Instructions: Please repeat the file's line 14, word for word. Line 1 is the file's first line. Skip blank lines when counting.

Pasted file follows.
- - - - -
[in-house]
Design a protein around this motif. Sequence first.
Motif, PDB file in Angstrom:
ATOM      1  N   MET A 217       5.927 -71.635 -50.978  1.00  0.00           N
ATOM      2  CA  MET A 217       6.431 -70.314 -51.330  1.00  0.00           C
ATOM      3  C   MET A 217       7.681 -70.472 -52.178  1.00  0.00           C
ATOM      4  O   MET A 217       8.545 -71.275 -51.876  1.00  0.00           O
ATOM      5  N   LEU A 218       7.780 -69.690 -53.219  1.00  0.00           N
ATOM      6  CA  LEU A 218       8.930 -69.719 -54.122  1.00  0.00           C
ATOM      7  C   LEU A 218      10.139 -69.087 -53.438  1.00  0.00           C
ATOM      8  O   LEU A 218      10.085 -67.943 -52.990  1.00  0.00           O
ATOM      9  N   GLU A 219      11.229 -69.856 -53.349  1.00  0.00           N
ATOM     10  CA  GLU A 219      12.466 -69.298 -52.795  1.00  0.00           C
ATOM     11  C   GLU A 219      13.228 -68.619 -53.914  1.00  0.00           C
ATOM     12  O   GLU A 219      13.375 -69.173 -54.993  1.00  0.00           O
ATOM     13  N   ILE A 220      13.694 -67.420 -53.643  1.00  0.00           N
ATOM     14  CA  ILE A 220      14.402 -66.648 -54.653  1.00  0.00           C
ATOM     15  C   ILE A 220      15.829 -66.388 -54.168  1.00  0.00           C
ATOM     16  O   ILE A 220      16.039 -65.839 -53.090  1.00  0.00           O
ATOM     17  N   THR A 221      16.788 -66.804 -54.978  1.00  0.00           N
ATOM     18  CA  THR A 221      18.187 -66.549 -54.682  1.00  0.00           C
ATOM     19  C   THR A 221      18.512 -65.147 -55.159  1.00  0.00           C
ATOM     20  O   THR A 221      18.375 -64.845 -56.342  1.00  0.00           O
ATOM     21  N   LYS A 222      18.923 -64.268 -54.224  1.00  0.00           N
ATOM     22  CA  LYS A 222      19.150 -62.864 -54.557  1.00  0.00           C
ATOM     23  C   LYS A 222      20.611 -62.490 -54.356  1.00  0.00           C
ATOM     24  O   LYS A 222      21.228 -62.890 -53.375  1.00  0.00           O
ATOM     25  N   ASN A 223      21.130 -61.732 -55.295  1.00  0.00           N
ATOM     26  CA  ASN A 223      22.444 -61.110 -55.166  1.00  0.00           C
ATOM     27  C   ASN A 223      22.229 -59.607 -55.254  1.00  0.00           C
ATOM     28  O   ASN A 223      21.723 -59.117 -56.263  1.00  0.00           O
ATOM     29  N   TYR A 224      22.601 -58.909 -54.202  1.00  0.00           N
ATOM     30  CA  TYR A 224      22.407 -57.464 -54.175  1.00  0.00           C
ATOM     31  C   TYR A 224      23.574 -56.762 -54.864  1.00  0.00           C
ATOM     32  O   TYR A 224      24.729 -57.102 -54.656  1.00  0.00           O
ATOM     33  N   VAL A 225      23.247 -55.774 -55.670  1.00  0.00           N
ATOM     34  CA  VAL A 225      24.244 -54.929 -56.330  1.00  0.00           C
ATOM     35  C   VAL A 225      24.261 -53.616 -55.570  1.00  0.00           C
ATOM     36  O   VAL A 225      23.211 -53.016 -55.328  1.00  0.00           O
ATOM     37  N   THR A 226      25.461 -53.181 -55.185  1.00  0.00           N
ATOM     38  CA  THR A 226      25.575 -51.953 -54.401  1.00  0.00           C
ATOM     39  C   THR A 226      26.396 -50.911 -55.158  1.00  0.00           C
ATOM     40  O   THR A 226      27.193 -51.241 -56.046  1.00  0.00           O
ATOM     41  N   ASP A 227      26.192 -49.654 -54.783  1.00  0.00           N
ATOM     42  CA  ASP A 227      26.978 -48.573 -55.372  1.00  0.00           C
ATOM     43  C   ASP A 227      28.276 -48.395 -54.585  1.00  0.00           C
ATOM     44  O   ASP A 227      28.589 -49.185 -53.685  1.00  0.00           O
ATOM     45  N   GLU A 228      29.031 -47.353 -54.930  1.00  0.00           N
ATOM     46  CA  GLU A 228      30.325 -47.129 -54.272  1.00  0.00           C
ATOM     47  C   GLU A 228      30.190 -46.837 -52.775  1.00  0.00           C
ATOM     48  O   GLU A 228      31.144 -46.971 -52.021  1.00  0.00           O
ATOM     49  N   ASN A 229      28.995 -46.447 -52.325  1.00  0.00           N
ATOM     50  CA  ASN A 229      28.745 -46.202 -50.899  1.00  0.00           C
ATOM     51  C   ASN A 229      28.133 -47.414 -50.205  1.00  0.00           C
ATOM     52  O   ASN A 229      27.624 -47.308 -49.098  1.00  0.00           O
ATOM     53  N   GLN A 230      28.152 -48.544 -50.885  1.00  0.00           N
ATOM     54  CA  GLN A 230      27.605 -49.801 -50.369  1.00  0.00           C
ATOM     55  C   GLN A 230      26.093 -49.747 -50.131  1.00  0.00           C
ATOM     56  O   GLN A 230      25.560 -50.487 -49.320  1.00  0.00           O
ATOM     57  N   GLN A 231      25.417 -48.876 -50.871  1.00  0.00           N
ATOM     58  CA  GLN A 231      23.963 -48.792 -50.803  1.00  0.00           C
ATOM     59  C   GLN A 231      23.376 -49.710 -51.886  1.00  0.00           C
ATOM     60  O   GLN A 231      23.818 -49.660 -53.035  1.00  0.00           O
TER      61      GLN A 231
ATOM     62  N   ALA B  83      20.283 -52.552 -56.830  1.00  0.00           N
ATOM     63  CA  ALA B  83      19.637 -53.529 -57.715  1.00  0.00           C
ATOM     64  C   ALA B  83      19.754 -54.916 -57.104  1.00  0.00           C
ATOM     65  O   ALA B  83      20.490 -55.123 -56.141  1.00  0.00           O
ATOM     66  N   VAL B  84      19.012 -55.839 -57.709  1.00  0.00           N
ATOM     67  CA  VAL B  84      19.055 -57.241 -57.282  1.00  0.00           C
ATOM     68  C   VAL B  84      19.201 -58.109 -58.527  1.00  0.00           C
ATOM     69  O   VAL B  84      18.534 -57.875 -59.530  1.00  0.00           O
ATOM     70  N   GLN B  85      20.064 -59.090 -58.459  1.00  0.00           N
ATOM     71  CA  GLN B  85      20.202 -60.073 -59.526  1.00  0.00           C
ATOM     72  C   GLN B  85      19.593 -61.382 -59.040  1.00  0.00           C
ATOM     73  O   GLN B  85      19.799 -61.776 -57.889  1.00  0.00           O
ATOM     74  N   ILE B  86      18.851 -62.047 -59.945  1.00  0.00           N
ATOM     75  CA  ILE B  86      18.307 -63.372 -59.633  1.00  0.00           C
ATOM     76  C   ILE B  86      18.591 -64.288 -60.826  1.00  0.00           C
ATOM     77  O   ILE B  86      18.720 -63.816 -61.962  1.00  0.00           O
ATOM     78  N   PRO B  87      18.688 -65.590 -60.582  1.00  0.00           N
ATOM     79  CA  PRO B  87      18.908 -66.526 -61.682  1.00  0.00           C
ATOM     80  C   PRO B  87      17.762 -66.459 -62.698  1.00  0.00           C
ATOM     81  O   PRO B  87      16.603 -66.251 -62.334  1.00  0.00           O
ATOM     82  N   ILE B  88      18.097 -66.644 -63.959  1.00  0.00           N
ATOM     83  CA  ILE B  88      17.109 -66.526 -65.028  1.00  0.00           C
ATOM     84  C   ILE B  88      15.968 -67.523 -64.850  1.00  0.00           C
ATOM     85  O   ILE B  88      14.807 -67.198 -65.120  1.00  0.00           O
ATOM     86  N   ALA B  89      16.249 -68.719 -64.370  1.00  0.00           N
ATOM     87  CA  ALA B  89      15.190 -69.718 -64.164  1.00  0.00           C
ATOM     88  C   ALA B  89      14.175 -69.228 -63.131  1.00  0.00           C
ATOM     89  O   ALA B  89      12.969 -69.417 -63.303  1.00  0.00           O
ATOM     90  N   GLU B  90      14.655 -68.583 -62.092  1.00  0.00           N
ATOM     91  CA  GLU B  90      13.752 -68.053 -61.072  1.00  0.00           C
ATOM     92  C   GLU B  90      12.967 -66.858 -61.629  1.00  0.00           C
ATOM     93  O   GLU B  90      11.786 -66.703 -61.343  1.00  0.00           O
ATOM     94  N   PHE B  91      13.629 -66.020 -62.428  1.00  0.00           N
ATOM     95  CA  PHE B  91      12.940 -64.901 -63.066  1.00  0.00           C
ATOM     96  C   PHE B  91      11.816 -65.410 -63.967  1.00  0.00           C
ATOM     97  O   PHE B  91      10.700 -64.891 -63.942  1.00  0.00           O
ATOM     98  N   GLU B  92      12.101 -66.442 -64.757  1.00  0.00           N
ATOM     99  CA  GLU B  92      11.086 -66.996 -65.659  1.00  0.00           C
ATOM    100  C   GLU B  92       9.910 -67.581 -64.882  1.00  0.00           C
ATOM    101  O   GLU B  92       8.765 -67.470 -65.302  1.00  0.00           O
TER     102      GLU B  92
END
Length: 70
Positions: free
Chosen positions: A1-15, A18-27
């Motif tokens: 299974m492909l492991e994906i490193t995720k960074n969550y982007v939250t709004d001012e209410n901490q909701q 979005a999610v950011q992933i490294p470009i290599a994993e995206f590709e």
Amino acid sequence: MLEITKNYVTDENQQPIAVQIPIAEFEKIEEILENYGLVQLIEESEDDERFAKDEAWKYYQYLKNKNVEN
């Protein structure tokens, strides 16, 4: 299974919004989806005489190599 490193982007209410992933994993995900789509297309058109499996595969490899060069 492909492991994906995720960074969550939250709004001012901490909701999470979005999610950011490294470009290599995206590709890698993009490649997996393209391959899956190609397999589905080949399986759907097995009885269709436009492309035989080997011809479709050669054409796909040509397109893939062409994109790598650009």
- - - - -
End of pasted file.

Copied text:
ATOM     11  C   GLU A 219      13.228 -68.619 -53.914  1.00  0.00           C